On the 5th of December, a range of experienced publishers and agents visited the university to talk with the MA in Creative Writing program. This was an enjoyable end to the semester at UL.
The day kicked off in conversation with Alan Hayes, a successful independent publisher for Arlen House, Galway. Alan has published many authors such as UL’s Donal Ryan and Martin Dyar. Alan claims his journey into the publishing industry was a ‘fluke’ and all worked out by chance, as he developed his interest in the field after studying at NUI Galway. His main word of advice for the students was “sell your writing, not yourself“, as he emphasized the importance of the writing itself rather than publishing something for the sake of being noticed and seen. This was an important point that many often lose sight of nowadays, with bookshops promoting the biggest names and trends.
Editor and writer, Brian Langan, was in conversation with Donal Ryan. They both discussed the relationship they have as editor and writer, and the challenges they often face. They described this as a three-way relationship between writer, editor and the book. Langan explained how making edits and offering feedback can be quite challenging, so it’s important for the editor to always be passionate about the book. Both Ryan and Langan stressed the importance of keeping the audience/reader in mind when re-drafting a book.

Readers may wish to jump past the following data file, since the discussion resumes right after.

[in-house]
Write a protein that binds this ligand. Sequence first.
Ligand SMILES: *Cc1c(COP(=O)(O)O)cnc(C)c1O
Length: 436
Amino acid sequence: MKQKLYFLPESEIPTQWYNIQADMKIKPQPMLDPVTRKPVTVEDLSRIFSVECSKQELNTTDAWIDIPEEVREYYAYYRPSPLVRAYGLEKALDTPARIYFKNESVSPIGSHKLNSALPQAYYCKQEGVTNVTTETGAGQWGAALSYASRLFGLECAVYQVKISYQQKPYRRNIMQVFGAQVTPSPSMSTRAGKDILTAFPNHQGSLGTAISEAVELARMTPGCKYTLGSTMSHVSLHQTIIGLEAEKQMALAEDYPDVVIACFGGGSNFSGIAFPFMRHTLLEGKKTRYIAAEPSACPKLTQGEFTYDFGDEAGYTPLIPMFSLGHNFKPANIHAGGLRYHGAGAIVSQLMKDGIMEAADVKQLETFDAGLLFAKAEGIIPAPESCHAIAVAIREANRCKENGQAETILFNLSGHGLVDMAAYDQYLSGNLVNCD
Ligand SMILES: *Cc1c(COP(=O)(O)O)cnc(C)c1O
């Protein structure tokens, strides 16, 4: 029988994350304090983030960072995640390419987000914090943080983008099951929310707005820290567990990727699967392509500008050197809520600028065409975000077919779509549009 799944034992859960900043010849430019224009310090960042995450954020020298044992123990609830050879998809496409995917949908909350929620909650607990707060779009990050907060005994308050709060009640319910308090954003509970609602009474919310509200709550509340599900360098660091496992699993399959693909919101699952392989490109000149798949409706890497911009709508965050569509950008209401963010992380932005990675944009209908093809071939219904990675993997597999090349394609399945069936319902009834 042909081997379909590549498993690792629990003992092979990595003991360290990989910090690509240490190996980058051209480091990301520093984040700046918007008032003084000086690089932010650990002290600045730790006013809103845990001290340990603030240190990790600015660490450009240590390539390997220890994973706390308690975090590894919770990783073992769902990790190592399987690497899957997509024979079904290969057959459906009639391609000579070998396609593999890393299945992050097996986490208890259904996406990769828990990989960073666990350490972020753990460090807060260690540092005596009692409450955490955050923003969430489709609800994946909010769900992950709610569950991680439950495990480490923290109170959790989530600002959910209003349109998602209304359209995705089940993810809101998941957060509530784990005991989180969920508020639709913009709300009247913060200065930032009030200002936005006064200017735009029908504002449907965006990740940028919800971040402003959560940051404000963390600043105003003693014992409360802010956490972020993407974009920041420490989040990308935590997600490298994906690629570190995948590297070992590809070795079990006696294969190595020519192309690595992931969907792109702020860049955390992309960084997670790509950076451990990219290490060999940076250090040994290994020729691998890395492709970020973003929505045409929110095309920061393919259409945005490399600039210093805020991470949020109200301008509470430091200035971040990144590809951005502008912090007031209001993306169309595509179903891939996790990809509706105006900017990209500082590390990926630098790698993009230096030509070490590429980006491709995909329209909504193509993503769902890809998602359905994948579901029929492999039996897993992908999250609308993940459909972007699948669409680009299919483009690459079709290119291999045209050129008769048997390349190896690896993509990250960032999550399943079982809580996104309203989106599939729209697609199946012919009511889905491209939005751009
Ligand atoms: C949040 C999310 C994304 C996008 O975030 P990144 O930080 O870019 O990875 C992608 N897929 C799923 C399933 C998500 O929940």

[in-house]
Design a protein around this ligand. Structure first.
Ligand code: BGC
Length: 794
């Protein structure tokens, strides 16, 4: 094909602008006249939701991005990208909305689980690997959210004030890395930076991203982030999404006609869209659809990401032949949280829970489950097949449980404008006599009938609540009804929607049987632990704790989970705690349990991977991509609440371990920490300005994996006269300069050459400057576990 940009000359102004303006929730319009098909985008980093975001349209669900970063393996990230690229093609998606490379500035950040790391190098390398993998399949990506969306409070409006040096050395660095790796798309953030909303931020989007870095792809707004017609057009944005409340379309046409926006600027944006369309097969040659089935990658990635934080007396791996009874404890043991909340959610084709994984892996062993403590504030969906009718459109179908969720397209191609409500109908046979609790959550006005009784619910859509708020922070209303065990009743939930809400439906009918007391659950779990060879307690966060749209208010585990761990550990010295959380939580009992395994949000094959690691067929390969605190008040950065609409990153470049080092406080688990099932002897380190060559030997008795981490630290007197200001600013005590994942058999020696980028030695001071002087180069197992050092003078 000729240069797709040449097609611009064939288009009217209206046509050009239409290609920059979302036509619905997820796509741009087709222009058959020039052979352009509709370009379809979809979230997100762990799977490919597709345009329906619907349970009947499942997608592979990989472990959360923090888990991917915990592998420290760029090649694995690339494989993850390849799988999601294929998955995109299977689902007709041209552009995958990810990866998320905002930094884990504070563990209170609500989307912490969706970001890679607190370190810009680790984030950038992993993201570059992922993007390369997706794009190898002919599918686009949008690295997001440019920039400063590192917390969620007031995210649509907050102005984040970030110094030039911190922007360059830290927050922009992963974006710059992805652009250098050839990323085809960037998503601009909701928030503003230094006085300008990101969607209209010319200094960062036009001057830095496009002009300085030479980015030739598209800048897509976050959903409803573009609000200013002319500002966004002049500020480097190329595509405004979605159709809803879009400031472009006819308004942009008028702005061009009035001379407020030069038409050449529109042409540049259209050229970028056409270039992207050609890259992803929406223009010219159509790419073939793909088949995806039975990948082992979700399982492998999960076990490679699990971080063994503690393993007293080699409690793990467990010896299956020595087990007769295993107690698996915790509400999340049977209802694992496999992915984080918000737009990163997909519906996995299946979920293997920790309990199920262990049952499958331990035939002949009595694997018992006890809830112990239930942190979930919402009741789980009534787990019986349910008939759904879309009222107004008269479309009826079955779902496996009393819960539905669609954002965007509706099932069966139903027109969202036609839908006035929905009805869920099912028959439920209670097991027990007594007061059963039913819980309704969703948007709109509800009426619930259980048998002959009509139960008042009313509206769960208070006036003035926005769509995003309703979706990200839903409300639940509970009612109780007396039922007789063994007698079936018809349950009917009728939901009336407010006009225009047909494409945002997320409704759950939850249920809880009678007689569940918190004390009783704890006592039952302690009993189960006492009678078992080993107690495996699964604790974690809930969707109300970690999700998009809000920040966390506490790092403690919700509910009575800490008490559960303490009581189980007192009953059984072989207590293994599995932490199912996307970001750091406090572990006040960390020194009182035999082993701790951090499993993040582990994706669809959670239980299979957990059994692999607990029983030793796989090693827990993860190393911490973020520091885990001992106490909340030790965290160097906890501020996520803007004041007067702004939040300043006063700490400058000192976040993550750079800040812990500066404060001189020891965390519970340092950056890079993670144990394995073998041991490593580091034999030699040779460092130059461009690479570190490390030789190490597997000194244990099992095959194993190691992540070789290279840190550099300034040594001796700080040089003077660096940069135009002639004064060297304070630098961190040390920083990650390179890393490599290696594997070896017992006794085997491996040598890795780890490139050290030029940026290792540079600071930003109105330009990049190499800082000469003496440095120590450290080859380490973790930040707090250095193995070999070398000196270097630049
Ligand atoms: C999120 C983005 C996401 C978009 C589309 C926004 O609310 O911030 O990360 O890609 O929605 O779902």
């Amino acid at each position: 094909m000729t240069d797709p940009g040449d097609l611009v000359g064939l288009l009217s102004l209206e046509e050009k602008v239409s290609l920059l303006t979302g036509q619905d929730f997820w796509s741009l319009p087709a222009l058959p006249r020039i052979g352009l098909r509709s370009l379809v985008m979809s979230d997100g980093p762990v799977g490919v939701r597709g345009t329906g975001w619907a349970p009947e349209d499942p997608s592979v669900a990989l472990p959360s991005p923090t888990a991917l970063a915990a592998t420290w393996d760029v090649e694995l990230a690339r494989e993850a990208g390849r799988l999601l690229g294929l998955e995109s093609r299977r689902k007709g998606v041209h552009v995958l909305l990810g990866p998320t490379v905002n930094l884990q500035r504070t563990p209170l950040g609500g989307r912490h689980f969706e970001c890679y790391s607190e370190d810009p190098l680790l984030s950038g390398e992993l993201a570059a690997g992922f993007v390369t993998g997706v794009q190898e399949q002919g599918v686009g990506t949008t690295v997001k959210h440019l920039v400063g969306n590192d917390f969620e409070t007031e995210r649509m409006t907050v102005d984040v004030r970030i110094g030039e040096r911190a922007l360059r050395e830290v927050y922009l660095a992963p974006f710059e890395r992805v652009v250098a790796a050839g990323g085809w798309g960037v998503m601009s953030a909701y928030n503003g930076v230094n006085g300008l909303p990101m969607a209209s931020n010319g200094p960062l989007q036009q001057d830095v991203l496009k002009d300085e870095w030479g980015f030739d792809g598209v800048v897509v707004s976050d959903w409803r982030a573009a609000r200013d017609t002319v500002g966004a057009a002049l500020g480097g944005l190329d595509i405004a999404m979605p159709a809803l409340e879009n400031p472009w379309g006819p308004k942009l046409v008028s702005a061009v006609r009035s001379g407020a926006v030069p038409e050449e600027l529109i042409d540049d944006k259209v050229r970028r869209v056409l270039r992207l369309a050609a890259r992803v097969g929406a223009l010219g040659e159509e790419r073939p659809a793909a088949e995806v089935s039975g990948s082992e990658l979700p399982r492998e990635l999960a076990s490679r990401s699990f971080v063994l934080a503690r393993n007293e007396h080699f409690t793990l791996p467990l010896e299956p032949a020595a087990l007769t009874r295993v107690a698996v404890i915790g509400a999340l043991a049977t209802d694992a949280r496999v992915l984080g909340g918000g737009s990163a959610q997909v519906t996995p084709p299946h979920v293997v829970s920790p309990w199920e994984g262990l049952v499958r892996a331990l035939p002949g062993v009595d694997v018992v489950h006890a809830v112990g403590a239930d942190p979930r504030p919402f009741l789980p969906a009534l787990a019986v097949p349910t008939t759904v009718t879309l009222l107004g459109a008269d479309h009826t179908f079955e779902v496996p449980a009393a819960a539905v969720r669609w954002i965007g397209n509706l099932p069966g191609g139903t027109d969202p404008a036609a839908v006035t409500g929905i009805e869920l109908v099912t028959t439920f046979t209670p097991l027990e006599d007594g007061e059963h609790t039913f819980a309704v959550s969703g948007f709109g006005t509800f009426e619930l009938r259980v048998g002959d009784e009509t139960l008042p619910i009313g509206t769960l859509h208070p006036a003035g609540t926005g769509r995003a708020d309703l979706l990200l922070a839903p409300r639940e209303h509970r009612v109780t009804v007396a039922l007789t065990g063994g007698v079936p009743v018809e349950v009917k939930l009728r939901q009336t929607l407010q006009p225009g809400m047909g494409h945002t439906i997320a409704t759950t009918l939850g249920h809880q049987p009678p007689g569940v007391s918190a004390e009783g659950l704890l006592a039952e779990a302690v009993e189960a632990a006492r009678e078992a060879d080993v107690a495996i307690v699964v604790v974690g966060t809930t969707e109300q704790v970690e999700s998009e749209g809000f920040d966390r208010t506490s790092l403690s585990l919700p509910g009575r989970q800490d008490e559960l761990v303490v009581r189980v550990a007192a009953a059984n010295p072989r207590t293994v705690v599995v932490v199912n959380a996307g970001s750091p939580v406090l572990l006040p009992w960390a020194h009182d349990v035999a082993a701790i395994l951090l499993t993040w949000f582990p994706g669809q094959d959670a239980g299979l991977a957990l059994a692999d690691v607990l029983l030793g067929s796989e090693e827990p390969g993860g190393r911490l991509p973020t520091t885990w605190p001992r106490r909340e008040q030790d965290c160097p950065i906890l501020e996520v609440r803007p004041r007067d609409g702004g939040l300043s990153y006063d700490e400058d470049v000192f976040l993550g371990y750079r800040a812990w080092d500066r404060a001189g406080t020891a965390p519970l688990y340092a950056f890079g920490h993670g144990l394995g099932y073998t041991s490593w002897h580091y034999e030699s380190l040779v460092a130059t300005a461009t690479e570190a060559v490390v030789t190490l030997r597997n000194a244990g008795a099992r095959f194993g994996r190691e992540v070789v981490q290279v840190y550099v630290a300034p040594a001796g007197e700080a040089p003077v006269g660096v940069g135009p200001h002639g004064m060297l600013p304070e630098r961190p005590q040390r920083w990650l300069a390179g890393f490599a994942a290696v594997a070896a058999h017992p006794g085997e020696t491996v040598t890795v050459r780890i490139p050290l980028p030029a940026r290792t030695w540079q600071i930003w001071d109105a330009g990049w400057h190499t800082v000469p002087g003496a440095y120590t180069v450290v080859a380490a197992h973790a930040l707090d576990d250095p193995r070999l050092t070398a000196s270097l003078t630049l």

Marianne Gunn O’Connor is literary agent to writers such as Cecilia Ahern, Pat Mc Cabe, and Mike Mc Cormack. Marianne discussed the importance of failure in life, as one learns to succeed through their response to failure:
“Failure is the fuel, and success is the breaks.”
If she sees something in a writer, she will stick with them. This was the case for Mike Mc Cormack who faced many obstacles and refusals when attempting to publish his work. Mc Cormack, whom was once described as a “disgracefully neglected writer“, won the Dublin Literary prize and the Goldsmiths prize, for his novel Solar Bones. Marianne is “looking for a person, not a book” when choosing clients, as who she works with and their connection is important.
Closing the day, Sarah Davis Goff, from Tramp Press, was in discussion with Joseph O’Connor, head of the MA in Creative Writing program. Tramp Press is an independent publishing agency run by Sarah Davis-Goff and Lisa Coen. Since being launched in 2014, they have published award winning authors, such as Mike Mc Cormack and Sarah Baume. She discussed the importance of the quality of writing when selecting a piece. Tramp is always looking for diversity and promoting gender equality. The Q&A was concluded with Sarah reading a piece from her upcoming novel, Last Ones Left Alive.
“Write the story that you want to read”
As UL Frankenweek drew to a close on Halloween eve, we were lucky to be joined by upcoming Cork author, Danny Denton.